Integration and Innovation

In order to provide additional certainty for the public and businesses and reduce unnecessary costs, Section 3 requires inter-agency coordination to simplify and harmonize redundant or inconsistent regulations. Agencies also will be required to consider ways to promote innovation in determining how best to achieve their regulatory goals.

Flexible Approaches

Section 4 requires agencies to reduce burdens and maintain flexibility in their regulatory approaches, including using warnings and conveying information to the public in a clear and straightforward manner.


Section 5 requires agency regulatory actions to be guided by “objective scientific evidence.”xii

Retrospective Analyses of Existing Rules

Section 6 requires each agency, within 120 days of the date of the Executive Order, to develop and submit to the Office of Information and Regulatory Affairs (“OIRA”) a preliminary plan to review all of its existing significant regulations to determine whether any of them should be modified, streamlined, expanded or repealed. Periodic retrospective reviews should focus on regulations that may be outmoded, ineffective, insufficient or excessively burdensome.

Summary of the Accompanying Memoranda

In order to further facilitate a well-operating regulatory system, the President issued two memoranda on January 18 that direct the federal agencies as follows:

Regulatory Compliance

Within 120 days of the Executive Order, agencies are required to prepare plans to make public information regarding their regulatory compliance and enforcement activities accessible, downloadable and searchable online, and in a manner that facilitates easy access, encourages cross-agency comparisons, and engages the public in new and creative ways of using the information. In addition, where appropriate and permitted, agencies are required to examine enforcement and compliance data sharing across the government.

The greater disclosure, access, use and sharing of compliance information is intended to foster fair and consistent enforcement by the public, bring about greater accountability by the government, promote public welfare, and level the playing field among the regulated community.

Regulatory Flexibility, Small Business and Job Creation

The current economic environment underscores the need for agencies to develop regulations in a costeffective manner that promote economic growth, innovation, competitiveness and job creation, particularly within the small business sector.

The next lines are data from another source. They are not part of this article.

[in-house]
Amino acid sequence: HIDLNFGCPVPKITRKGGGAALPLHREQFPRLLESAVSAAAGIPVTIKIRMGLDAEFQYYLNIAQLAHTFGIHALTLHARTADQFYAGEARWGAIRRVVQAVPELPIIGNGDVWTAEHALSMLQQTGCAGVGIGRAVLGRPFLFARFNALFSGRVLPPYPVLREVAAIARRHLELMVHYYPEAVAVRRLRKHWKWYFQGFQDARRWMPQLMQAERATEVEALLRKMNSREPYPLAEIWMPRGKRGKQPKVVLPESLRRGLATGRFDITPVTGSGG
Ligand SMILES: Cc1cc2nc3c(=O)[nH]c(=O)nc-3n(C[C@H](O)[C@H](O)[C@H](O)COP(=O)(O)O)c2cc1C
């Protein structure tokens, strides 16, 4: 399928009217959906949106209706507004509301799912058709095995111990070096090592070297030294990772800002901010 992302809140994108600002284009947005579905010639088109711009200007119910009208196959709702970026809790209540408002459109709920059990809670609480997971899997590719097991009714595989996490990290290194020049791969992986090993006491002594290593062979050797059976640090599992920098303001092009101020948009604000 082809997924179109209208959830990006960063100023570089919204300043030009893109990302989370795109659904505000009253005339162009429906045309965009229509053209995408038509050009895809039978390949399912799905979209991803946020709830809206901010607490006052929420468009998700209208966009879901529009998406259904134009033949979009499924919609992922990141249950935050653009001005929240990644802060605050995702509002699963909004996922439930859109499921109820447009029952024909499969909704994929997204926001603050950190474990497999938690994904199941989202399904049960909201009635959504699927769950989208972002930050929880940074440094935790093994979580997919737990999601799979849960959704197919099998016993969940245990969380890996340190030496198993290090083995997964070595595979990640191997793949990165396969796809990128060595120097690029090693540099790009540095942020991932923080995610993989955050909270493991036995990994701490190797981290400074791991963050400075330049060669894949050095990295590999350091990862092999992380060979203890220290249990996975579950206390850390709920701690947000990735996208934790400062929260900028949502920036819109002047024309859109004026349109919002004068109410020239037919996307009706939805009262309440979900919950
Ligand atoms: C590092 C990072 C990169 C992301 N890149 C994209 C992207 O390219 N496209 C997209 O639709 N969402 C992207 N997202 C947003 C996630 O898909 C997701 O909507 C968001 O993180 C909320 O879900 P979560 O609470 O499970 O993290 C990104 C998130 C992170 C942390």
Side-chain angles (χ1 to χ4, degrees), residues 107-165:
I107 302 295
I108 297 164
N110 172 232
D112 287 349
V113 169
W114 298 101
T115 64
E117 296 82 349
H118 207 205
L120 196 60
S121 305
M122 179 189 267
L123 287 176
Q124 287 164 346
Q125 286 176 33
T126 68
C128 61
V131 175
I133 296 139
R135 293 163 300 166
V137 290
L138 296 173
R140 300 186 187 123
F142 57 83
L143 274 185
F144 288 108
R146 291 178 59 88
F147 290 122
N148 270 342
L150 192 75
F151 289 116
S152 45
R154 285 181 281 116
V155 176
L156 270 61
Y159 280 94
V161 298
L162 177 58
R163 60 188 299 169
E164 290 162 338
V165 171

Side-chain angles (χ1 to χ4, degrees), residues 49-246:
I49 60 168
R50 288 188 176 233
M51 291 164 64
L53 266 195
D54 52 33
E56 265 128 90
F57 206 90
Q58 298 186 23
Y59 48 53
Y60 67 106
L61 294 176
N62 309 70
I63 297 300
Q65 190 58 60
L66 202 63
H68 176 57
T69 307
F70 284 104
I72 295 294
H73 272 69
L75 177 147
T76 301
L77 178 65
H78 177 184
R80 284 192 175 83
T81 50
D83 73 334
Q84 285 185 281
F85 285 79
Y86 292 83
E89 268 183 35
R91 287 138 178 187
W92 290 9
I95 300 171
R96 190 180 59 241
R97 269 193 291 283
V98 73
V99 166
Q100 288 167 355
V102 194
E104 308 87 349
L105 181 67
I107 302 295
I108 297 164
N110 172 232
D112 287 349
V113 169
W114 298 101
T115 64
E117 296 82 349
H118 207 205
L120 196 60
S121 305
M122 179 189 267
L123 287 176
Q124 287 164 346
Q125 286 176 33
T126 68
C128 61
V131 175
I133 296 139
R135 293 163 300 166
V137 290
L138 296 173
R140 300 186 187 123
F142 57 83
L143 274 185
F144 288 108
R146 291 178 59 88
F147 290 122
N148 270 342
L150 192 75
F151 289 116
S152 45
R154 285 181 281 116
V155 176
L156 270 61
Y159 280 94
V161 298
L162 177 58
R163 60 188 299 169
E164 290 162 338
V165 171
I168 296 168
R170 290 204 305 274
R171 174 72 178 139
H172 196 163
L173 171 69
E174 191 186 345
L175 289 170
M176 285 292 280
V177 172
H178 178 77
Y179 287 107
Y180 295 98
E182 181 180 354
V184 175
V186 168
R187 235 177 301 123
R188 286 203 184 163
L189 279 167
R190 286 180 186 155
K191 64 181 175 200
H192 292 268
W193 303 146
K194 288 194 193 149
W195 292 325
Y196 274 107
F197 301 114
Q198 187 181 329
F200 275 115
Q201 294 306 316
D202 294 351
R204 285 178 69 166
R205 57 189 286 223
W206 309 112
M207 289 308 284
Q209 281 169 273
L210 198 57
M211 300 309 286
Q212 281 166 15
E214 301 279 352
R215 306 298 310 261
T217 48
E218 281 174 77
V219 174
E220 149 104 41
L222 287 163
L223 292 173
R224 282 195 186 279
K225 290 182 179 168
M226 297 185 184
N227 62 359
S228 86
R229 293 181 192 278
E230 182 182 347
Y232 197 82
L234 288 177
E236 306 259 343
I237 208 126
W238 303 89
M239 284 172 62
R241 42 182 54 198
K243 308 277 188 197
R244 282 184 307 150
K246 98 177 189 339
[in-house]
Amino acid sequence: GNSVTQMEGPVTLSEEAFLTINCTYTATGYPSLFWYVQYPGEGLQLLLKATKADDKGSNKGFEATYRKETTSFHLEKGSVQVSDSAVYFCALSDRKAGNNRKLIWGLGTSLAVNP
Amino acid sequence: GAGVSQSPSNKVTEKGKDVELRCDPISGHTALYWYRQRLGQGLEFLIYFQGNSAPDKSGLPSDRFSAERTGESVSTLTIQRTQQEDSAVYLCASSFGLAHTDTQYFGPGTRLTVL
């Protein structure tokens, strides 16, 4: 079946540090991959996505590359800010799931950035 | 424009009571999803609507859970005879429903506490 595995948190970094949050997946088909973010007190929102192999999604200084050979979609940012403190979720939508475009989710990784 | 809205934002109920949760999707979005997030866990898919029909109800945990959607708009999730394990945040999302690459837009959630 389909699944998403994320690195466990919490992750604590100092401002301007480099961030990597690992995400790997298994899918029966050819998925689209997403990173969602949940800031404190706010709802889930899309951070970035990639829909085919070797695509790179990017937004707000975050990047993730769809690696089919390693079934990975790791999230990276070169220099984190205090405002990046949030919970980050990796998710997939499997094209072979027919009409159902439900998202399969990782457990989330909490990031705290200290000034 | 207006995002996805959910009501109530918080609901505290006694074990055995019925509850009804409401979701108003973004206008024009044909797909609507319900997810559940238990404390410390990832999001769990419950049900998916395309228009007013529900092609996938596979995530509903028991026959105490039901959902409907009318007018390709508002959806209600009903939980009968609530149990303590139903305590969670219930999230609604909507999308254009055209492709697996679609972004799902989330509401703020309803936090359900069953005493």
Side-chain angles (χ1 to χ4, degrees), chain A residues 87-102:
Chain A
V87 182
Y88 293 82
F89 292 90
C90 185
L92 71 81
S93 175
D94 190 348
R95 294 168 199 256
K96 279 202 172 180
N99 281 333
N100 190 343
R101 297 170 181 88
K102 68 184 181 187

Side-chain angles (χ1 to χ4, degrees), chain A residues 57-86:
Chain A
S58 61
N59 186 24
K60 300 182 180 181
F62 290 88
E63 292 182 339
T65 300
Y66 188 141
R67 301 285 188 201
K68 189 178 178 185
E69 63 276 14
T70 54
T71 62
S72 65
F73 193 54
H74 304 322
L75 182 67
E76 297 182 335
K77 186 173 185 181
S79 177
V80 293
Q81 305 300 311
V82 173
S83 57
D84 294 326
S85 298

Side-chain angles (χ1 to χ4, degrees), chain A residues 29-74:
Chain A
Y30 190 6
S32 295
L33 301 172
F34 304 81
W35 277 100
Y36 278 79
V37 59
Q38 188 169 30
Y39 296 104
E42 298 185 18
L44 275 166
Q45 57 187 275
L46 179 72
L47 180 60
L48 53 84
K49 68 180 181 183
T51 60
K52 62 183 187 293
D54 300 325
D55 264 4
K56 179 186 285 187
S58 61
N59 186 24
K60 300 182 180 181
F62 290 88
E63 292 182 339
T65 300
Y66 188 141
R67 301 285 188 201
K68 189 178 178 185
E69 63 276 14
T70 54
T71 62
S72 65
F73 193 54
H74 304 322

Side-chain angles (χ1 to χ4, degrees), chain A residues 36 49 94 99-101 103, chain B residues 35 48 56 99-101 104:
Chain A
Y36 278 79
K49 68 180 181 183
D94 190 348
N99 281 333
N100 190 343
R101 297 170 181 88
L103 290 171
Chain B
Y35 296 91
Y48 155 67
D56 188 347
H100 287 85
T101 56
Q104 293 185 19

In order to facilitate such development, executive departments and agencies are required, when initiating a rulemaking that will have a significant economic impact on a substantial number of small entities, to decrease unjustified economic burdens on small business owners and other small entities through increased flexibility.

Such flexibility could include:

  • Extended compliance dates that take into account the resources available to small entities;
  • Performance standards rather than design standards;
  • Simplification of reporting and compliance requirements (e.g., by using streamlined forms and electronic filing options);
  • Different requirements for large and small firms; and
  • Partial or total exemptions.xiii

If an executive agency elects not to provide such flexibility, it is required to explain such a decision in the proposed or final rule.

Why is this Important?

Many have dismissed the Administration’s actions as mere political pandering to the business community that will have no impact on the burdens that businesses, whether large or small, face. Others have said that the “proof will be in the pudding” and are awaiting the results of the required regulatory reviews.

There are still others who see this as an opportunity to highlight objectionable rules that they believe can be modified under the criteria of the Executive Order. In particular, where actual experience under a regulation has shown an agency’s rulemaking assumptions about burdens to be incorrect, the Executive Order provides a post-promulgation platform not previously mandated. Also, taken at face value, the Executive Order elevates the minimization of net burdens in the priorities agencies consider when making choices among alternatives. It remains to be seen whether courts will interpret the Executive Order as reducing the level of deference given to agencies on judicial review.

In making their case, industries, companies and interest groups should develop detailed and fact-based arguments to establish that certain rules are outmoded, ineffective, insufficient or excessively burdensome and should be modified, streamlined or repealed. In addition, the regulated community should similarly communicate that argument to key members of Congress, such as Chairman Issa as well as Rep. Fred Upton (R-MI), chairman of the House Energy and Commerce Committee, who have pledged to examine closely rules and regulations deemed unjustifiably burdensome.